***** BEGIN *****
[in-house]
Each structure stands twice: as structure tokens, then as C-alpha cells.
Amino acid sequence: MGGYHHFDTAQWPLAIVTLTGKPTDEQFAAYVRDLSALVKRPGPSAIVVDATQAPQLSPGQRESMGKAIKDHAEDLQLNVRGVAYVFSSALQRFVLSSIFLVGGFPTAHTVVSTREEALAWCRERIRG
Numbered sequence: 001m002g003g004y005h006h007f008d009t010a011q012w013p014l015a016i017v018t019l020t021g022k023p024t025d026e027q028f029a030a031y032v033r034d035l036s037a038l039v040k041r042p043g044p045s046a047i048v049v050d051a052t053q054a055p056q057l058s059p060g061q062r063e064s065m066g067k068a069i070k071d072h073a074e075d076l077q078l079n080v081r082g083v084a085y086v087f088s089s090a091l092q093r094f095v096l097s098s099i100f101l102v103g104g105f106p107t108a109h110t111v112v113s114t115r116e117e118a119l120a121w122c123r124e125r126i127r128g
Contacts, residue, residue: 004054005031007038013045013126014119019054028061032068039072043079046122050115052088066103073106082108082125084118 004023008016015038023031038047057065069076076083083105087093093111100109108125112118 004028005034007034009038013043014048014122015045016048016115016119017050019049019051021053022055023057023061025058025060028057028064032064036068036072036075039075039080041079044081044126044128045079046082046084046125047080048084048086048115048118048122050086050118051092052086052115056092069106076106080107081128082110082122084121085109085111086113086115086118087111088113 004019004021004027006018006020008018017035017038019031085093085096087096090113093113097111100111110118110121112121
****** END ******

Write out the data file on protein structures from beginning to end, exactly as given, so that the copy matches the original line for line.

[in-house]
Each structure stands twice: as structure tokens, then as C-alpha cells.
Amino acid sequence: MGGYHHFDTAQWPLAIVTLTGKPTDEQFAAYVRDLSALVKRPGPSAIVVDATQAPQLSPGQRESMGKAIKDHAEDLQLNVRGVAYVFSSALQRFVLSSIFLVGGFPTAHTVVSTREEALAWCRERIRG
Numbered sequence: 001m002g003g004y005h006h007f008d009t010a011q012w013p014l015a016i017v018t019l020t021g022k023p024t025d026e027q028f029a030a031y032v033r034d035l036s037a038l039v040k041r042p043g044p045s046a047i048v049v050d051a052t053q054a055p056q057l058s059p060g061q062r063e064s065m066g067k068a069i070k071d072h073a074e075d076l077q078l079n080v081r082g083v084a085y086v087f088s089s090a091l092q093r094f095v096l097s098s099i100f101l102v103g104g105f106p107t108a109h110t111v112v113s114t115r116e117e118a119l120a121w122c123r124e125r126i127r128g
Contacts, residue, residue: 004054005031007038013045013126014119019054028061032068039072043079046122050115052088066103073106082108082125084118 004023008016015038023031038047057065069076076083083105087093093111100109108125112118 004028005034007034009038013043014048014122015045016048016115016119017050019049019051021053022055023057023061025058025060028057028064032064036068036072036075039075039080041079044081044126044128045079046082046084046125047080048084048086048115048118048122050086050118051092052086052115056092069106076106080107081128082110082122084121085109085111086113086115086118087111088113 004019004021004027006018006020008018017035017038019031085093085096087096090113093113097111100111110118110121112121